Zhang-Zhung language

Region Western Tibet and Central Asia
Era 7th–10th century[1]
Language codes
ISO 639-3 xzh
Linguist list
Glottolog zhan1239[2]

Zhang-Zhung (Tibetan: ཞང་ཞུང, Wylie: zhang zhung ) is an extinct Sino-Tibetan language that was spoken in what is now western Tibet. It is attested in a bilingual text called A Cavern of Treasures (mDzod phug) and several shorter texts.

A small number of documents preserved in Dunhuang contain an undeciphered language that has been called Old Zhangzhung, but the identification is controversial.

A Cavern of Treasures (mDzod phug)

A Cavern of Treasures (Tibetan: མཛོད་ཕུག, Wylie: mdzod phug ) is a terma uncovered by Shenchen Luga (Tibetan: གཤེན་ཆེན་ཀླུ་དགའ, Wylie: gshen chen klu dga' ) in the early eleventh century.[3] Martin (n.d.: p. 21) identifies the importance of this scripture for studies of the Zhang-zhung language:

For students of Tibetan culture in general, the mDzod phug is one of the most intriguing of all Bön scriptures, since it is the only lengthy bilingual work in Zhang-zhung and Tibetan (some of the shorter but still significant sources for Zhang-zhung are signalled in Orofino 1990)."[4]

External relationships

Bradley (2002) says Zhangzhung "is now agreed" to have been a Kanauri or West Himalayish language. Guillaume Jacques (2009) rebuts earlier hypotheses that Zhangzhung might have originated in eastern (rather than western) Tibet by having determined it to be a non-Qiangic language.[5]


Languages Zhang-Zhung
Direction Left-to-right
ISO 15924 Marc, 332
Unicode alias

A number of scripts are recorded as being used for writing the Zhang-Zhung language:[6]

However, these scripts appear to have little existence outside of calligraphy manuals. One extant document, a seal originally held at Tsurpu monastery, is written in the Marchen script.[8]

In the words of McKay (2003: p. 447):

"There is also a Zhang-zhung alphabet, but despite its rather unusual appearance to anyone who is unfamiliar with the Indo-Tibetan ornate style of lettering known as lan-tsha, one observes that it is modeled letter by letter upon Thon-mi Sambhota's alphabet of thirty letters."[9]


Marchen script was added to the Unicode Standard in June, 2016 with the release of version 9.0.

The Unicode block for Marchen is U+11C70U+11CBF:

Official Unicode Consortium code chart (PDF)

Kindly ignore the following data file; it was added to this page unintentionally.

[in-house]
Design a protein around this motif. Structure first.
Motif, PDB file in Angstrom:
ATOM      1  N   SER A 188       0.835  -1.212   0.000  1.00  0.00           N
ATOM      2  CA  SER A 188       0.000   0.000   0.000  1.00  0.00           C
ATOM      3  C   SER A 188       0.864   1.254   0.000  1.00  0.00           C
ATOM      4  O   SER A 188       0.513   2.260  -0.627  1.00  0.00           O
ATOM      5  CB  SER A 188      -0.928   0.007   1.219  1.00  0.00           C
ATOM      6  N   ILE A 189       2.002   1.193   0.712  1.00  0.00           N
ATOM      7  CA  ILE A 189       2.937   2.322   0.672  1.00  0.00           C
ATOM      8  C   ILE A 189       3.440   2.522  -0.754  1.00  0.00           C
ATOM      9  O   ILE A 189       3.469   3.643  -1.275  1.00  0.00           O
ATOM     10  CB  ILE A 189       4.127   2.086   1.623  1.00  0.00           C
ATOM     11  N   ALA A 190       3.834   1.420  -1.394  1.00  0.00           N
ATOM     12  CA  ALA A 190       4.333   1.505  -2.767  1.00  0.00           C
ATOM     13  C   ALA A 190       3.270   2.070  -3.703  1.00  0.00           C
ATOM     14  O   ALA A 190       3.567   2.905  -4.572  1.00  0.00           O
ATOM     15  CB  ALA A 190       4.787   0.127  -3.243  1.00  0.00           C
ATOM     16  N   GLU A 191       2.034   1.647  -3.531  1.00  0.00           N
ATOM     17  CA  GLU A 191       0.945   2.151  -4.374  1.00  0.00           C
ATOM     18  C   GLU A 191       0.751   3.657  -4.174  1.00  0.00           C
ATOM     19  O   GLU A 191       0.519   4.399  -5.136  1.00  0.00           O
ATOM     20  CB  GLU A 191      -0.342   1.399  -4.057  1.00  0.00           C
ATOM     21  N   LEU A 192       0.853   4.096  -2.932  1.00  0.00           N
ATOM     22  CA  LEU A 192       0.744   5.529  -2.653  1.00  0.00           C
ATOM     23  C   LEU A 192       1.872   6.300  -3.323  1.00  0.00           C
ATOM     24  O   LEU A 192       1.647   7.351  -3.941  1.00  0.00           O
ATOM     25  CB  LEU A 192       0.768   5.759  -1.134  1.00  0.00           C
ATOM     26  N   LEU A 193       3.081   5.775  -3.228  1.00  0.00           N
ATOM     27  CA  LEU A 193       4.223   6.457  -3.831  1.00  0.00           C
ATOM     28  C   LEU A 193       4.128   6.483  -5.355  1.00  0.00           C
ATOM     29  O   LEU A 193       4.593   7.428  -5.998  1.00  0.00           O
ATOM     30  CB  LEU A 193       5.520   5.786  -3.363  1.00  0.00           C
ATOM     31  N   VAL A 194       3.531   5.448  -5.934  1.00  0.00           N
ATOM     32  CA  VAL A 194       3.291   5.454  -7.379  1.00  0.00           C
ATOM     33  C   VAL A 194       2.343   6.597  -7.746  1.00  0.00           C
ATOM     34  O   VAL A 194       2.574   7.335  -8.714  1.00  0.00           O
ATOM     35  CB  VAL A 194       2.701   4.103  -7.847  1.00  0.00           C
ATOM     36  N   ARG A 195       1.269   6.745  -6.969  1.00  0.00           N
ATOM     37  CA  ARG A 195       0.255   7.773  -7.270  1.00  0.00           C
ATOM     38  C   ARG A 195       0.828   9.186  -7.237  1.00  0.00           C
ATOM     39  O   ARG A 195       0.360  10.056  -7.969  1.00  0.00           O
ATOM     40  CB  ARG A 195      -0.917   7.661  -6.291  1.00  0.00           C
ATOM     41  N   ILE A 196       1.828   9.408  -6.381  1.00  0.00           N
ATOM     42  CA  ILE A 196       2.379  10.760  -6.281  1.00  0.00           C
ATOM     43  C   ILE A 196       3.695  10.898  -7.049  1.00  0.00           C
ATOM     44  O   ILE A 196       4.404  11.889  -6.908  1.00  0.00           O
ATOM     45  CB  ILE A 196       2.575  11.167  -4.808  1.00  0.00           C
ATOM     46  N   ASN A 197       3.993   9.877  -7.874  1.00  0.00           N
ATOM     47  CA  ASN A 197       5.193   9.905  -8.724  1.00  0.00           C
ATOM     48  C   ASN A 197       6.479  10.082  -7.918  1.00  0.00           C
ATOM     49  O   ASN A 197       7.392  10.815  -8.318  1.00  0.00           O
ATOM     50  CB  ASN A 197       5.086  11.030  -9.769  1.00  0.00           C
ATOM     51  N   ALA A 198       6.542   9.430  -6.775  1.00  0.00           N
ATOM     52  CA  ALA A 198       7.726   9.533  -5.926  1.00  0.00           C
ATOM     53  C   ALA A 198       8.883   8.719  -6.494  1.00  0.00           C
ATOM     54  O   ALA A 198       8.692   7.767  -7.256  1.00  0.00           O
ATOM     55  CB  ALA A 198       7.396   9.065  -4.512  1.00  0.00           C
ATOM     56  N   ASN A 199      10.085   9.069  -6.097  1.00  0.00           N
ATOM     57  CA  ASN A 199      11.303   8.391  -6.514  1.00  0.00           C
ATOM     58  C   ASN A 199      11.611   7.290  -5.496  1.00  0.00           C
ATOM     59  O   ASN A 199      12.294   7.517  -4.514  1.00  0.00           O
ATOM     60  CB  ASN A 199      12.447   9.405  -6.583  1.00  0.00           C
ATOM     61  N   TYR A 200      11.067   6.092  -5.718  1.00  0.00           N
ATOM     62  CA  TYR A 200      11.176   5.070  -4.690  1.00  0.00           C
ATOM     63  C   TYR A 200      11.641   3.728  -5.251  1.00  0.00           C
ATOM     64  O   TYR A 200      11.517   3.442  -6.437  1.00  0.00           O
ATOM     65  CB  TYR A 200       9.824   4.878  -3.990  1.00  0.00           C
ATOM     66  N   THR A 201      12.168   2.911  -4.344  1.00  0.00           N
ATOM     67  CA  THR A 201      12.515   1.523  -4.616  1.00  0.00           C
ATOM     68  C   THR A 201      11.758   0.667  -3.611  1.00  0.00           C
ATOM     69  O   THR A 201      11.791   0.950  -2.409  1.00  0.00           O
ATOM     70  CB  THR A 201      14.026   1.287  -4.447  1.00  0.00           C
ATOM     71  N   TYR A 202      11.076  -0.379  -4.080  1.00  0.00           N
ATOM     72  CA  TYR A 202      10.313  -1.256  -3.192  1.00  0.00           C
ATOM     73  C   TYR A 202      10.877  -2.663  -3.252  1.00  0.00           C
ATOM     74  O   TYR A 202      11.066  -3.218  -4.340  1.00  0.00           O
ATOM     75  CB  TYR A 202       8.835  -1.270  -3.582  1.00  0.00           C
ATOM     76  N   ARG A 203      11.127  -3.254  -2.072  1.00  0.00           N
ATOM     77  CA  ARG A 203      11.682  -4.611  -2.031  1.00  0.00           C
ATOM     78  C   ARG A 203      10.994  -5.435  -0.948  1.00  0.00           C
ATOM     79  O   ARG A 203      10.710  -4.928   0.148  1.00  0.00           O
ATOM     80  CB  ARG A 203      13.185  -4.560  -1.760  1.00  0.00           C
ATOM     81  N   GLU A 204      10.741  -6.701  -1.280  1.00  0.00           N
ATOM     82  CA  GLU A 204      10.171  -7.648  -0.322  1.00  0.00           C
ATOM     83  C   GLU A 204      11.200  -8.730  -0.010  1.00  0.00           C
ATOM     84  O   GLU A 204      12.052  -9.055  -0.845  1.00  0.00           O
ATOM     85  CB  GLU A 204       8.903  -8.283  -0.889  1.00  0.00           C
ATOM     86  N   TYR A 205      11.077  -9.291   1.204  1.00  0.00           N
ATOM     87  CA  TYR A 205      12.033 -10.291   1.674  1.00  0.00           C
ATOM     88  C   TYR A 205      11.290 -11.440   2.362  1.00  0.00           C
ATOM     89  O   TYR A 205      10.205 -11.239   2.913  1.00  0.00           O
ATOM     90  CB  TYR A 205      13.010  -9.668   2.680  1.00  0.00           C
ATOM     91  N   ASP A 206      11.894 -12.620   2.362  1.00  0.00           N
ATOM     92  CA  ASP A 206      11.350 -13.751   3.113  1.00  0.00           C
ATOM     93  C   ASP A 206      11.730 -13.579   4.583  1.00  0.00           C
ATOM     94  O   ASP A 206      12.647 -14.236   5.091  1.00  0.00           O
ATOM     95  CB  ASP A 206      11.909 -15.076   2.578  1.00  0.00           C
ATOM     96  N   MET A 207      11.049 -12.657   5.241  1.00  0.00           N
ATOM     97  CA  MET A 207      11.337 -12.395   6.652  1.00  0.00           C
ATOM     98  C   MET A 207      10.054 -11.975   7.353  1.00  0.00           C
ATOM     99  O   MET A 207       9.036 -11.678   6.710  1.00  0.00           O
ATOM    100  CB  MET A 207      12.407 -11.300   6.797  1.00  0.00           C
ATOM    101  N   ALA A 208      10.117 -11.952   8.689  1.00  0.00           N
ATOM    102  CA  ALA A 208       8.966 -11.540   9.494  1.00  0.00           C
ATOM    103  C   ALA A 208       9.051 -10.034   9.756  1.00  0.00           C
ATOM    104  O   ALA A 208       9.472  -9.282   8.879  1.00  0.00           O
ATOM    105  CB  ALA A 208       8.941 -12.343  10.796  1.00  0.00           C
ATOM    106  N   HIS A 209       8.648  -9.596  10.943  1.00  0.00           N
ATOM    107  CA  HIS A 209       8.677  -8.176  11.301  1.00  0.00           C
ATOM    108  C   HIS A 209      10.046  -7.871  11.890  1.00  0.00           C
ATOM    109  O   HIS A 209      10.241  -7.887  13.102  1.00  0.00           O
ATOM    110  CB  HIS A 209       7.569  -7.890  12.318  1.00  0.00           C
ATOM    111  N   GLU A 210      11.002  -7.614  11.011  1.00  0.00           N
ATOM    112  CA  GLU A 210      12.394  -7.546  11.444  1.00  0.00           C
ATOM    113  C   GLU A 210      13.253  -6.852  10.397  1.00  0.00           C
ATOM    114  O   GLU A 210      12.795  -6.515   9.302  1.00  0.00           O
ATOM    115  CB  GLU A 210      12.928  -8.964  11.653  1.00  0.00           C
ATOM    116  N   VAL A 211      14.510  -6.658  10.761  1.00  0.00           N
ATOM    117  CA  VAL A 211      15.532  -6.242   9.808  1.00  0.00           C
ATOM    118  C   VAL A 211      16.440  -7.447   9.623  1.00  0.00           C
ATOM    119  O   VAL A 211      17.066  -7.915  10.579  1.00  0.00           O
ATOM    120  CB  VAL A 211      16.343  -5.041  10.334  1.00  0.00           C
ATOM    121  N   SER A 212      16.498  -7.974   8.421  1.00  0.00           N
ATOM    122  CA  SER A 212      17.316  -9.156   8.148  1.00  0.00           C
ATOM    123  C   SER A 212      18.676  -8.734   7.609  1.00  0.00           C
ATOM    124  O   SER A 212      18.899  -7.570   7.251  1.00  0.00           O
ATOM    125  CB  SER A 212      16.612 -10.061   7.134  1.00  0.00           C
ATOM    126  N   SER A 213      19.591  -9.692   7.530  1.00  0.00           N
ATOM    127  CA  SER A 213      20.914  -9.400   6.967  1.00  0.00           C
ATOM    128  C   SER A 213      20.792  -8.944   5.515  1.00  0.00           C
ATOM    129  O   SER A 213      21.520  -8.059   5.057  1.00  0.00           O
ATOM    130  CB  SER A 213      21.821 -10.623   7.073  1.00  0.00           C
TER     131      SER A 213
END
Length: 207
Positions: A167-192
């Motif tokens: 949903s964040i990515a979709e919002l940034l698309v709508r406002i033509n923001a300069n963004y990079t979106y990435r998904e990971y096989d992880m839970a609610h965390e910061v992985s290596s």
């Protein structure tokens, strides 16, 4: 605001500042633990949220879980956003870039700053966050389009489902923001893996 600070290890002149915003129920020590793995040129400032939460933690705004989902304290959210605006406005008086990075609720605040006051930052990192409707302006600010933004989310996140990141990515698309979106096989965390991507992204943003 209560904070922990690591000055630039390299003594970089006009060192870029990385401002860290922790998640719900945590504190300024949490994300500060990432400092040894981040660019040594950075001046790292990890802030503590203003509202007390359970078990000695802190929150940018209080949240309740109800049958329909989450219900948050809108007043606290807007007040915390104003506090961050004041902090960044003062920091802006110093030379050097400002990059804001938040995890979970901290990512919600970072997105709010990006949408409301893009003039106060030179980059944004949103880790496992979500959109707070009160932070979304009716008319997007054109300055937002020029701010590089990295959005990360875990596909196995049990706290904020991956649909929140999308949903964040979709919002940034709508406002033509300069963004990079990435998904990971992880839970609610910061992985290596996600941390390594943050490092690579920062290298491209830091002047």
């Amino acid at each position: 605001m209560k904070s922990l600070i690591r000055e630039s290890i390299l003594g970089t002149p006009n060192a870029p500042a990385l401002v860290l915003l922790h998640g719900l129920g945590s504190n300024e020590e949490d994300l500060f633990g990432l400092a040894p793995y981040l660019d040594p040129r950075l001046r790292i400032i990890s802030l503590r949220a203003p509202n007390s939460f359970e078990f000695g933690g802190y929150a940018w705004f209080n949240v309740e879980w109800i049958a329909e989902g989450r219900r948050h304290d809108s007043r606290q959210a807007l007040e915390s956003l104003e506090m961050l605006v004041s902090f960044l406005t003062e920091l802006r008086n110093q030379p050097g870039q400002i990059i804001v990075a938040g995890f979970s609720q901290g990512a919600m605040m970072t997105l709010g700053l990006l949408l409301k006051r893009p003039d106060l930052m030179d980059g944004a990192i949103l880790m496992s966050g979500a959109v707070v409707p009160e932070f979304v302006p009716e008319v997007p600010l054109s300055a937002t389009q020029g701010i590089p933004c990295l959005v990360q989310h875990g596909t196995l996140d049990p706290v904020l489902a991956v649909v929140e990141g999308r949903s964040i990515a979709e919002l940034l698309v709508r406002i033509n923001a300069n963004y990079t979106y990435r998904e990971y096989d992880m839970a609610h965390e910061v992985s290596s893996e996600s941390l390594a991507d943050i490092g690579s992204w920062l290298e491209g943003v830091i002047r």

0 1 2 3 4 5 6 7 8 9 A B C D E F
U+11C7x 𑱰 𑱱 𑱲 𑱳 𑱴 𑱵 𑱶 𑱷 𑱸 𑱹 𑱺 𑱻 𑱼 𑱽 𑱾 𑱿
U+11C8x 𑲀 𑲁 𑲂 𑲃 𑲄 𑲅 𑲆 𑲇 𑲈 𑲉 𑲊 𑲋 𑲌 𑲍 𑲎 𑲏
U+11C9x 𑲒 𑲓 𑲔 𑲕 𑲖 𑲗 𑲘 𑲙 𑲚 𑲛 𑲜 𑲝 𑲞 𑲟
U+11CAx 𑲠 𑲡 𑲢 𑲣 𑲤 𑲥 𑲦 𑲧 𑲩 𑲪 𑲫 𑲬 𑲭 𑲮 𑲯
U+11CBx 𑲰 𑲱 𑲲 𑲳 𑲴 𑲵 𑲶
1.^ As of Unicode version 9.0
2.^ Grey areas indicate non-assigned code points

Old Zhangzhung

F. W. Thomas suggested that three undeciphered Dunhuang manuscripts in a Tibetan script were written in an older form of the Zhang-zhung language. This identification has been accepted by Takeuchi Tsuguhito (武内紹人), who called the language "Old Zhangzhung" and added two further manuscripts.[10] However, Dan Martin questions the wisdom of identifying the language of these texts as a variant of Zhang-zhung.

Two of these manuscripts are in the Stein collection of the British Library and three in the Pelliot collection of the Bibliothèque Nationale. In each case, the relevant text is written on the reverse side of a scroll containing an earlier Chinese Buddhist text.[10] The texts are written in a style of Tibetan script dating from the late 8th or early 9th centuries. Takeuchi and Nishida claim to have partially deciphered the documents, which they believe to be separate medical texts.[11]


  1. Zhang-Zhung at MultiTree on the Linguist List
  2. Hammarström, Harald; Forkel, Robert; Haspelmath, Martin; Bank, Sebastian, eds. (2016). "Zhangzhung". Glottolog 2.7. Jena: Max Planck Institute for the Science of Human History.
  3. Berzin, Alexander (2005). The Four Immeasurable Attitudes in Hinayana, Mahayana, and Bön. Study Buddhism. Source: (accessed: June 6, 2016)
  4. Martin, Dan (n.d.). "Comparing Treasuries: Mental states and other mdzod phug lists and passages with parallels in Abhidharma works of Vasubandhu and Asanga, or in Prajnaparamita Sutras: A progress report." University of Jerusalem. Source: (accessed: Monday March 1, 2010)
  5. Jacques, Guillaume (2009). "Zhangzhung and Qiangic Languages". In Yasuhiko Nagano. Issues in Tibeto-Burman Historical Linguistics (PDF). Senri Ethnological Studies. 75. pp. 121–130.
  6. West, Andrew (30 April 2011). "N4032: Proposal to encode the Marchen script in the SMP of the UCS" (PDF).
  7. West, Andrew (2013-10-22). "N4491: Final proposal to encode the Marchen script in the SMP of the UCS" (PDF).
  8. West, Andrew (1 January 2008). "Zhang Zhung Royal Seal".
  9. McKay, Alex (2003). The history of Tibet, Volume 1. Volume 9 of International Institute of Administrative Sciences monographs The History of Tibet. Source: (accessed: Sunday November 1, 2009), p.447
  10. 1 2 Tsuguhito Takeuchi (2002). "The Old Zhangzhung Manuscript Stein Or 8212/188". In Christopher Beckwith. Medieval Tibeto-Burman Languages. Leiden: Brill. pp. 1–11. ISBN 978-90-04-12424-0.
  11. Takeuchi, Tsuguhito; Nishida, Ai (2009). "The Present Stage of Deciphering Old Zhangzhung". In Nagano, Yasuhiko. Issues in Tibeto-Burman Historical Linguistics (PDF). Senri Ethnological Studies. 75. pp. 151–165.

Further reading

See also

This article is issued from Wikipedia - version of the 11/10/2016. The text is available under the Creative Commons Attribution/Share Alike but additional terms may apply for the media files.